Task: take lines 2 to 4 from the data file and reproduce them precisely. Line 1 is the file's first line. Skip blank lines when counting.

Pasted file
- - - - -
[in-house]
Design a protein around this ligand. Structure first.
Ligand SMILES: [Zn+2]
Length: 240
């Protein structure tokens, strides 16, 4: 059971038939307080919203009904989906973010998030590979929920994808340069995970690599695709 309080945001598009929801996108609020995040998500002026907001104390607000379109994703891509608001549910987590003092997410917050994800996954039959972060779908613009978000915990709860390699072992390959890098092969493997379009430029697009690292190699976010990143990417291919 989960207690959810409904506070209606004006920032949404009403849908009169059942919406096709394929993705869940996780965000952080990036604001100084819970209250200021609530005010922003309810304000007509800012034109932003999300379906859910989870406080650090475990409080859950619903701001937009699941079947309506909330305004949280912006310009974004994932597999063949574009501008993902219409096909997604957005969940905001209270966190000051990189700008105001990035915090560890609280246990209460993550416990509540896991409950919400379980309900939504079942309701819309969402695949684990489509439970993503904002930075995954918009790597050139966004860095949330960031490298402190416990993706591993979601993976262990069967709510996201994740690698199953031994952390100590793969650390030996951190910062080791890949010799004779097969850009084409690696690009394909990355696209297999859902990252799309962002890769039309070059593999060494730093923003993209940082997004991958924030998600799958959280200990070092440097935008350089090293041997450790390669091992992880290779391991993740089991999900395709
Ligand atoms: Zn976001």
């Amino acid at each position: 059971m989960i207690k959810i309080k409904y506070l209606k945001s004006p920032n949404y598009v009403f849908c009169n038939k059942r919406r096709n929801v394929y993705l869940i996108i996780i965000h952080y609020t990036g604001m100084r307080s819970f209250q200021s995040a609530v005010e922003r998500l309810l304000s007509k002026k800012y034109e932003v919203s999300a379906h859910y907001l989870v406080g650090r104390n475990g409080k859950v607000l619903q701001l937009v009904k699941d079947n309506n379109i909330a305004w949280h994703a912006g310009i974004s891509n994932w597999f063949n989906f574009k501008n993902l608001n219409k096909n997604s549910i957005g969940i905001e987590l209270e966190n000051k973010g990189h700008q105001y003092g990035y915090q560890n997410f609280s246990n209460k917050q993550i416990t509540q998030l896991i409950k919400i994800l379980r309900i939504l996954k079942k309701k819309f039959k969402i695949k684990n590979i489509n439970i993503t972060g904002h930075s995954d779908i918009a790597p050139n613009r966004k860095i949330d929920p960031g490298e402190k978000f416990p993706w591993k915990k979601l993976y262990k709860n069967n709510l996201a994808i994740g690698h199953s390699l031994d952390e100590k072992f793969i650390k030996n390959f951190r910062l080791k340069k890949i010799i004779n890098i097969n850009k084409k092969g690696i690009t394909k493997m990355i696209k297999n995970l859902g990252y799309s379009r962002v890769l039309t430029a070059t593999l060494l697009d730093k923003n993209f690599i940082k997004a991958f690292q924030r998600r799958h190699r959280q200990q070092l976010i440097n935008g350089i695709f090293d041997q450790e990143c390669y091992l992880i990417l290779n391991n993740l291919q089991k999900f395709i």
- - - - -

Design a protein around this ligand. Structure first.
Ligand SMILES: [Zn+2]
Length: 240